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Sainsbury Laboratory Cambridge University (SLCU) researchers, as part of a multidisciplinary international team, have uncovered a mechanism controlling subtle changes to the architecture of cell walls in plant roots that bolsters their defence against Phytophthora palmivora without negatively affecting plant growth.


In a cross-section of the root of the legume Medicago truncatula a part of a cells internal skeleton, actin filaments (cyan) become visible. They surround all major internal compartment of the cell including the nuclei (magenta). The central cells are par


Each year 30 to 40 percent of the world’s cocoa harvest is destroyed by black pod rot disease. One of the main culprits is Phytophthora palmivora, commonly known as the ‘cacao-killer’.

P. palmivora is the cousin of the more famous and better researched Phytophthora infestans – the perpetrator of the Irish Potato Famine of the 1840s. But it is P. palmivora that is now making headlines as the main culprit suspected of devastating tropical crops in many parts of the world.

P. palmivora is a generalist pathogen that infects more than 200 plant species in the tropics and subtropics, including economically important crops such as oil palm, rubber tree, citrus, pineapple, durian and papaya. This means that identifying traits in plants to enhance their resistance to P. palmivora infection could potentially benefit not only chocolate-producing cacao trees, but also many other crops.


Hyphae with reproductive structures, termed sporangia, of Phytophthora palmivora. These can open up and release numerous swimming zoospores that can then reinfect additional tissues. In plants without API the pathogen can form much less of these and there


A viable strategy for resistance is the removal of plant processes that support pathogen infection, but it is important that this does not affect overall plant growth and development, and consequently crop yield.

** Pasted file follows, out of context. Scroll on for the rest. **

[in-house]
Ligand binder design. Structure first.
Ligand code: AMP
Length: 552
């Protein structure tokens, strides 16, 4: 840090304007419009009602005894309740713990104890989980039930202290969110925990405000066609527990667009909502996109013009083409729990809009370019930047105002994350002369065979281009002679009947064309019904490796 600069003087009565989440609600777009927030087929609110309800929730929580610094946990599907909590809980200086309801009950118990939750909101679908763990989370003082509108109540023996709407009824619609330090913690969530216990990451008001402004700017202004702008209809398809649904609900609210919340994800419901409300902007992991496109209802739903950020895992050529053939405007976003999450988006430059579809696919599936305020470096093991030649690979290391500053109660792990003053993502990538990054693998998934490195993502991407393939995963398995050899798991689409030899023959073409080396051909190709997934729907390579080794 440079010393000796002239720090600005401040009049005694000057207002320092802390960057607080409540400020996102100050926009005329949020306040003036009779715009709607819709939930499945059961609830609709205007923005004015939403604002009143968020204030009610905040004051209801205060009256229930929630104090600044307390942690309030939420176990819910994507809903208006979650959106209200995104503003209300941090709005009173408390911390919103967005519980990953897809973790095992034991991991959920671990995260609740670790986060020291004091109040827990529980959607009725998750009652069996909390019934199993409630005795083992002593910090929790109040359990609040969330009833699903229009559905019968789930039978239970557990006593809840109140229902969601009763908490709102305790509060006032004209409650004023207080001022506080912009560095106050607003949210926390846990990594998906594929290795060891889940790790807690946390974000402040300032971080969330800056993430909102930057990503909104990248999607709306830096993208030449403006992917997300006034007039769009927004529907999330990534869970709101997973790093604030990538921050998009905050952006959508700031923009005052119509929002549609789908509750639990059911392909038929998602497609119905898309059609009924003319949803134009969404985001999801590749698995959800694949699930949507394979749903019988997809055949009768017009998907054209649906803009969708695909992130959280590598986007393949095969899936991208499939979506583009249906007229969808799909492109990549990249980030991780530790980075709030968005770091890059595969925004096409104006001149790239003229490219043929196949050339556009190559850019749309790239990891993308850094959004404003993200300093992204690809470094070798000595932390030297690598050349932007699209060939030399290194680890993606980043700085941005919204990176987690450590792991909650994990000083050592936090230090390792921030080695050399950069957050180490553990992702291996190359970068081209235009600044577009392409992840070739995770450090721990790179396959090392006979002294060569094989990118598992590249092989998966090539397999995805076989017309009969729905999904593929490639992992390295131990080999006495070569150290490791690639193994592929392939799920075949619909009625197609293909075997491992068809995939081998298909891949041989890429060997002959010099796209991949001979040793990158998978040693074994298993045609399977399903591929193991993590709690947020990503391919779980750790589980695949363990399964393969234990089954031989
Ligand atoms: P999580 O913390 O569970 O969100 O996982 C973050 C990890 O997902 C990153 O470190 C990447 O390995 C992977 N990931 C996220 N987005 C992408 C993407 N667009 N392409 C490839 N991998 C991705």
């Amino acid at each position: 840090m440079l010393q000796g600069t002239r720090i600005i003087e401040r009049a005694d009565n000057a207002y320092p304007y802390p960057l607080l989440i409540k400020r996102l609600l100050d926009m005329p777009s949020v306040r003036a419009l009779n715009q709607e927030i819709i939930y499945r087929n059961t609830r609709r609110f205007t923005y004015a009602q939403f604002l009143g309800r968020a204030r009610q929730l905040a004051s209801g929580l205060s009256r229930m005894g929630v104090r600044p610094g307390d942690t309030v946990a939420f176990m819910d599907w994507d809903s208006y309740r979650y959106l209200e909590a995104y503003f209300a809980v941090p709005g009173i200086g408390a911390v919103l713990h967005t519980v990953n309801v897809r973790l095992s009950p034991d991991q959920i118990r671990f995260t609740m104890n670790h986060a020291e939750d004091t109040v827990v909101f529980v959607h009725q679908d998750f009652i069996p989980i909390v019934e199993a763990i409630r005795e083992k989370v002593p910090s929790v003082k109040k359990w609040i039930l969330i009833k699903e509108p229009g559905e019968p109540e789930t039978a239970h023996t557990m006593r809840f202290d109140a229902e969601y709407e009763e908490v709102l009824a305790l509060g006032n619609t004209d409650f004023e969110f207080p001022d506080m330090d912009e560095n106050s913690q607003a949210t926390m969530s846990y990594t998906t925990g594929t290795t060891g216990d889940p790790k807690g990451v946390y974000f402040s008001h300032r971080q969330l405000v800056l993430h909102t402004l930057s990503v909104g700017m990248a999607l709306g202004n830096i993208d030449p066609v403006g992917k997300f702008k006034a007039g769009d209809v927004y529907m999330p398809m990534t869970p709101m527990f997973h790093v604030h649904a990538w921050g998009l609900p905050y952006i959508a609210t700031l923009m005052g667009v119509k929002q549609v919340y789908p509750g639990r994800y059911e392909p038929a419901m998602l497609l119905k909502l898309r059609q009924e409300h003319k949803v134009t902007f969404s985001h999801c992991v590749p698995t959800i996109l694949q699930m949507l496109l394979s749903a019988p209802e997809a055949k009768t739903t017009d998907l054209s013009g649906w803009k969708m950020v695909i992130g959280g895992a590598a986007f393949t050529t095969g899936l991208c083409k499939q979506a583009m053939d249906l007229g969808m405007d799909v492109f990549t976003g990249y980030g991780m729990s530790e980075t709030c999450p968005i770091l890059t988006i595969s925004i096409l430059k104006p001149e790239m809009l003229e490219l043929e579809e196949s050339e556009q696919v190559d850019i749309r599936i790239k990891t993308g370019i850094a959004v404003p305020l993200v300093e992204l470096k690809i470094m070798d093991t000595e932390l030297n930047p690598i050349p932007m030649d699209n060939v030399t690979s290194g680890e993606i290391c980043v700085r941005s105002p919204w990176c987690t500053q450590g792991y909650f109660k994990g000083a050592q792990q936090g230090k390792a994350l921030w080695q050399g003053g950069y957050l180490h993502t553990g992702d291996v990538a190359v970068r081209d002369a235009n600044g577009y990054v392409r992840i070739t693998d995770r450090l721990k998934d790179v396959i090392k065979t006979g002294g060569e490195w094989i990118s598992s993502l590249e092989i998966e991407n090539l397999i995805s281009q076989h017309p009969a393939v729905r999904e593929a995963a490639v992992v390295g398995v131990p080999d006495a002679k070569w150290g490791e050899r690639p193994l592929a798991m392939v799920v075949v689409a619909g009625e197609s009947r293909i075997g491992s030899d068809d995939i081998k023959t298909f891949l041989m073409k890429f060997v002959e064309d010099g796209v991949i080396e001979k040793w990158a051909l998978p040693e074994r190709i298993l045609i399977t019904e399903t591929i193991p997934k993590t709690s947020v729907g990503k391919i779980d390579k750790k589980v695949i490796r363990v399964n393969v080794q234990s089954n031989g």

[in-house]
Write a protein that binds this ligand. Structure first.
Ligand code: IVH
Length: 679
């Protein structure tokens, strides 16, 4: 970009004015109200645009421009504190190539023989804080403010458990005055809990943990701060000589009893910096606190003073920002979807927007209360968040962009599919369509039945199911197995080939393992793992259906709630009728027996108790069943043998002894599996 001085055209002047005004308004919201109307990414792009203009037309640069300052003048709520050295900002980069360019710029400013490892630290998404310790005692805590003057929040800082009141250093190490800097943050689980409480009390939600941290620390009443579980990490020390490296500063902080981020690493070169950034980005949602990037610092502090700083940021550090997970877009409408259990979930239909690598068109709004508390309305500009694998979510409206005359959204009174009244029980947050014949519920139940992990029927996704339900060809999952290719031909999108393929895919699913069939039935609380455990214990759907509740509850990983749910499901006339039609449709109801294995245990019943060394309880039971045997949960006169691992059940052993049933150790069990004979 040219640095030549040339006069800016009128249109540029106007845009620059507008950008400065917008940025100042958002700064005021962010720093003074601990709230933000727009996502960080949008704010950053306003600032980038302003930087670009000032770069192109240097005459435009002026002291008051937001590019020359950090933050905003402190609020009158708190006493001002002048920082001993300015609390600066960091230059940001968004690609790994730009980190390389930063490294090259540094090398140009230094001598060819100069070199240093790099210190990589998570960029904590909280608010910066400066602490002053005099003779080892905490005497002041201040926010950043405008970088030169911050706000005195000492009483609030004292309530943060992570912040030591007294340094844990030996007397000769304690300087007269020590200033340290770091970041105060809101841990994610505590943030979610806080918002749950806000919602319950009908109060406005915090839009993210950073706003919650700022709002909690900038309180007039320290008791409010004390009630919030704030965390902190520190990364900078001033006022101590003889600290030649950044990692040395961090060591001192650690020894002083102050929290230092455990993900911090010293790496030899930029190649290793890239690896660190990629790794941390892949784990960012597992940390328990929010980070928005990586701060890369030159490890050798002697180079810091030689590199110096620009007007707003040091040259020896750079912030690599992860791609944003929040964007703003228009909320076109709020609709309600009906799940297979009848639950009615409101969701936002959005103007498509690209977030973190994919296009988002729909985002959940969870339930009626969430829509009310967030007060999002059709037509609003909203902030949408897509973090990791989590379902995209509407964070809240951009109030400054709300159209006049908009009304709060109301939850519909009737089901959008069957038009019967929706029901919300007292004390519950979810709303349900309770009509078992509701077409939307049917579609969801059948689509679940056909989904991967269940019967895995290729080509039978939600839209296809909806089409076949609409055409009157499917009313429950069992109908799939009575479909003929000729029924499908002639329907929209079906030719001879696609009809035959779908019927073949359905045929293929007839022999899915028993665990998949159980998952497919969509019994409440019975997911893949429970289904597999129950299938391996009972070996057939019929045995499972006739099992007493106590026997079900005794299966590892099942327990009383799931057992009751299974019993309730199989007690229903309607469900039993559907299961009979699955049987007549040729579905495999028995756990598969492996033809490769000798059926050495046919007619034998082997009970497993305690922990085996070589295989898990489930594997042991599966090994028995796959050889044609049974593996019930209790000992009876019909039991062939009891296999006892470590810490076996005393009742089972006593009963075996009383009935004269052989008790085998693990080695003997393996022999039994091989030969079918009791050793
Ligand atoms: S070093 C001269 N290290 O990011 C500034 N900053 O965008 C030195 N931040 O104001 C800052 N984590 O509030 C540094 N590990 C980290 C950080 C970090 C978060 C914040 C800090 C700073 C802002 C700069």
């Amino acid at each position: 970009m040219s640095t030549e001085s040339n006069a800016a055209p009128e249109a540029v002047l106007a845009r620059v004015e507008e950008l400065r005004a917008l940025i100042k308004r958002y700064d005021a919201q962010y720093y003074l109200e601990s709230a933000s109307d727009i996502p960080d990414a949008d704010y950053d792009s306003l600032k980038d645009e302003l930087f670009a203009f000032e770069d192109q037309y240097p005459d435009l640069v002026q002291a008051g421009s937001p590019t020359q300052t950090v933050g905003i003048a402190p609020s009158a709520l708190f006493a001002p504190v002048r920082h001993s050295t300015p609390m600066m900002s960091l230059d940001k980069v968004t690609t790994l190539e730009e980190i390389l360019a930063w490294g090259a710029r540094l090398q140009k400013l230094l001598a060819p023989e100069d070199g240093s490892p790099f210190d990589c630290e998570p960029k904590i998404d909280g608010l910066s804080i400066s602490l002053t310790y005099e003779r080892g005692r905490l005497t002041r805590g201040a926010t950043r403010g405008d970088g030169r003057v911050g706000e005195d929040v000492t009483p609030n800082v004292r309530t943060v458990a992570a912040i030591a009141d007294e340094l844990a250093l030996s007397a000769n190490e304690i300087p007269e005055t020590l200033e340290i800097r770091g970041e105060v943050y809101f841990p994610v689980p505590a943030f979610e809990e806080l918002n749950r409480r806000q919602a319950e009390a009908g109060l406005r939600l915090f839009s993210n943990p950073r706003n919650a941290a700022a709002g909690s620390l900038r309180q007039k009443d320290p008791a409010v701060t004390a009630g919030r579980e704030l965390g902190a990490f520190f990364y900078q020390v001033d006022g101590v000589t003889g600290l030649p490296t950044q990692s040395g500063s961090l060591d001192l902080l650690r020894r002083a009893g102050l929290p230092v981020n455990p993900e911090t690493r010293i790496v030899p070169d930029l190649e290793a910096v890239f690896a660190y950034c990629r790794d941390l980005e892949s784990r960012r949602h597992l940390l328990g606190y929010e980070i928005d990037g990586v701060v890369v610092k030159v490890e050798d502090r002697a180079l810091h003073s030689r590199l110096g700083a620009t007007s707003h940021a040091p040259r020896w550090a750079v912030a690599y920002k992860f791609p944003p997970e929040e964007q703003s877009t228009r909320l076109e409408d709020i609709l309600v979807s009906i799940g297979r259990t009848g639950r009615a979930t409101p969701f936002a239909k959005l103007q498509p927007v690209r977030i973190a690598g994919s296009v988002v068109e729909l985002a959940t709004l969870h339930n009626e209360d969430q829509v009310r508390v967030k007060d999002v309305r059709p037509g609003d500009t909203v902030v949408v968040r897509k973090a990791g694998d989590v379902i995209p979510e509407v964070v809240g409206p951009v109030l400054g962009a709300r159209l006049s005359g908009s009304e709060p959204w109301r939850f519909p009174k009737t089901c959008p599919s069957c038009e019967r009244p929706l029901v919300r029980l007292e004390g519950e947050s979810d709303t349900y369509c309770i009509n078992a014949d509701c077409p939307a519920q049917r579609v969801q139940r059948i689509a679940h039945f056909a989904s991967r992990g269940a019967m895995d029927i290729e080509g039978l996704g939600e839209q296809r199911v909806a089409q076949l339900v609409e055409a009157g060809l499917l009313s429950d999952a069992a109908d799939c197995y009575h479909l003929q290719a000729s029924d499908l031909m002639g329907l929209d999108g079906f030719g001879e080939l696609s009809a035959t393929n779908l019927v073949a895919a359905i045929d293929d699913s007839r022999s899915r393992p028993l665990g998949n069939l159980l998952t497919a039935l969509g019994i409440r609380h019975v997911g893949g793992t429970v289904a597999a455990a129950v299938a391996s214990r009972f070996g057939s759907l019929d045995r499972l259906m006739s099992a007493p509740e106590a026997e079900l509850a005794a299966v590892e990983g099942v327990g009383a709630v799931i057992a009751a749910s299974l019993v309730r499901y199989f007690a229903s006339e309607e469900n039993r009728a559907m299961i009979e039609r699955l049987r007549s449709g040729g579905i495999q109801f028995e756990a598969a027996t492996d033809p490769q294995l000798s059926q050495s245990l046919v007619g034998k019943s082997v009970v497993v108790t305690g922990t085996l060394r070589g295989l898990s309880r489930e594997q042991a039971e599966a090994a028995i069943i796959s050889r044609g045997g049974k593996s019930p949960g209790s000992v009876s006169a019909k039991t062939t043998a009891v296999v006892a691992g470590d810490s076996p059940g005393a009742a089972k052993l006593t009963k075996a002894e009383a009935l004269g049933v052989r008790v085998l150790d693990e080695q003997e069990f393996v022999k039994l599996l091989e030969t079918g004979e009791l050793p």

Sainsbury Laboratory Cambridge University (SLCU) researchers, as part of a multidisciplinary international team, have uncovered a mechanism controlling subtle changes to the architecture of cell walls in plant roots that bolsters their defence against P. palmivora without negatively affecting plant growth.

Plants employ various methods to resist pathogens, but their first line of defence is their cell walls – a layer of tough cellulose and other structural support polymers surrounding each plant cell. However, the cell wall is not an impenetrable barrier. It has a complex structure that allows plant cells to grow and develop, allows the movement of water and nutrients between cells, and permits entry of beneficial organisms. The downside of this is that pathogens can also enter.


Cross section of a seedling root of the plant Medicago trunctatula where all the cell walls are labeled in green using an antibody which can bind to specific components of the wall. This and other antibodies can be used to observe differences in cell wall


“We showed that plants which cannot produce a protein called API have subtle changes in the architecture of the walls around new cells formed at growing root tips,” said SLCU’s Dr Aleksandr Gavrin who led the research published in Current Biology today. The changes to cell wall architecture seem to impair pathogen entry to the root-tip from the invading pathogen Phytophthora palmivora, without massively altering overall plant development.